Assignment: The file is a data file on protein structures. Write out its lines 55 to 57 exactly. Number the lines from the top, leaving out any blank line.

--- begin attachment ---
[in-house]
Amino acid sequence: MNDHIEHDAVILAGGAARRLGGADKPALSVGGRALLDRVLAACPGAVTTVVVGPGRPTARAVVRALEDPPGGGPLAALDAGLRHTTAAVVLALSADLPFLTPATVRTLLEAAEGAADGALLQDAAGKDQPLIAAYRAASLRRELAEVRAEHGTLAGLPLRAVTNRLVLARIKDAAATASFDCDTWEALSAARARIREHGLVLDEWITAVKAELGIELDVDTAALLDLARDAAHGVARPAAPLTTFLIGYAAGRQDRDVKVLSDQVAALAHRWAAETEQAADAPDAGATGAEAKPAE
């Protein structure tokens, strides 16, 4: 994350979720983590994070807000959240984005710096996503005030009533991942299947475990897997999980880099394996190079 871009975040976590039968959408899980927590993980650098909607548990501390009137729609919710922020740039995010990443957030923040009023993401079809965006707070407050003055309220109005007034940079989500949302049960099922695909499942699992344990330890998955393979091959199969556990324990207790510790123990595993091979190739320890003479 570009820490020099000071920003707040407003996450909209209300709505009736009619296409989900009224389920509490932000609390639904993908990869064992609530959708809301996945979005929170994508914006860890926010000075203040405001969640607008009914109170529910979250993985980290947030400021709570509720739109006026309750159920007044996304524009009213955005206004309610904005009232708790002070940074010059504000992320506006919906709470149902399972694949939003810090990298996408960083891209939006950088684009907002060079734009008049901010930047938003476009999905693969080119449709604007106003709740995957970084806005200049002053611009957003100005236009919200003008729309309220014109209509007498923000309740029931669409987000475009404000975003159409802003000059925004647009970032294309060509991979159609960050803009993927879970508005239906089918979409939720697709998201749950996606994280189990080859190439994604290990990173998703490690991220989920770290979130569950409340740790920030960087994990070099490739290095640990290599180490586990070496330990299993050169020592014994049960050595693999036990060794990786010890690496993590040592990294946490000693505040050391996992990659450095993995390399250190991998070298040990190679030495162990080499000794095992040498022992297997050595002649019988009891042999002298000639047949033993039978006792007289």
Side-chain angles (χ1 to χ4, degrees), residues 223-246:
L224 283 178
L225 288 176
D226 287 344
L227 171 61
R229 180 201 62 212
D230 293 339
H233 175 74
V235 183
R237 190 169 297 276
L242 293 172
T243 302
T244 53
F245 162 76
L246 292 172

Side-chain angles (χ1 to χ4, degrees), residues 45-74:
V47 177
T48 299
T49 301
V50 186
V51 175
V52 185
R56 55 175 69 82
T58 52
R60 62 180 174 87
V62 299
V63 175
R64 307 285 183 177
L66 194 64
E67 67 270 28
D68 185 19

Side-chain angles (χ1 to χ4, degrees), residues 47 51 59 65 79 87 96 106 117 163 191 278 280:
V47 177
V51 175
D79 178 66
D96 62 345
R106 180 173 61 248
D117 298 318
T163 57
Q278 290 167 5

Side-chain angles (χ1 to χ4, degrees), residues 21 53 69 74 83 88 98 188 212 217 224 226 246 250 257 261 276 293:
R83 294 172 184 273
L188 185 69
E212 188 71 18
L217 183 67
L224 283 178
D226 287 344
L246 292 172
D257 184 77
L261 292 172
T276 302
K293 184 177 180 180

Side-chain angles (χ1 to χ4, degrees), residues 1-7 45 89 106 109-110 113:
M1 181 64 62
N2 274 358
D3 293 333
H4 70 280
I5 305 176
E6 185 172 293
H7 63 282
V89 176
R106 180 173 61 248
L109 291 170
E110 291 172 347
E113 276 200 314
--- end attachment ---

K293 184 177 180 180

Side-chain angles (χ1 to χ4, degrees), residues 1-7 45 89 106 109-110 113:
M1 181 64 62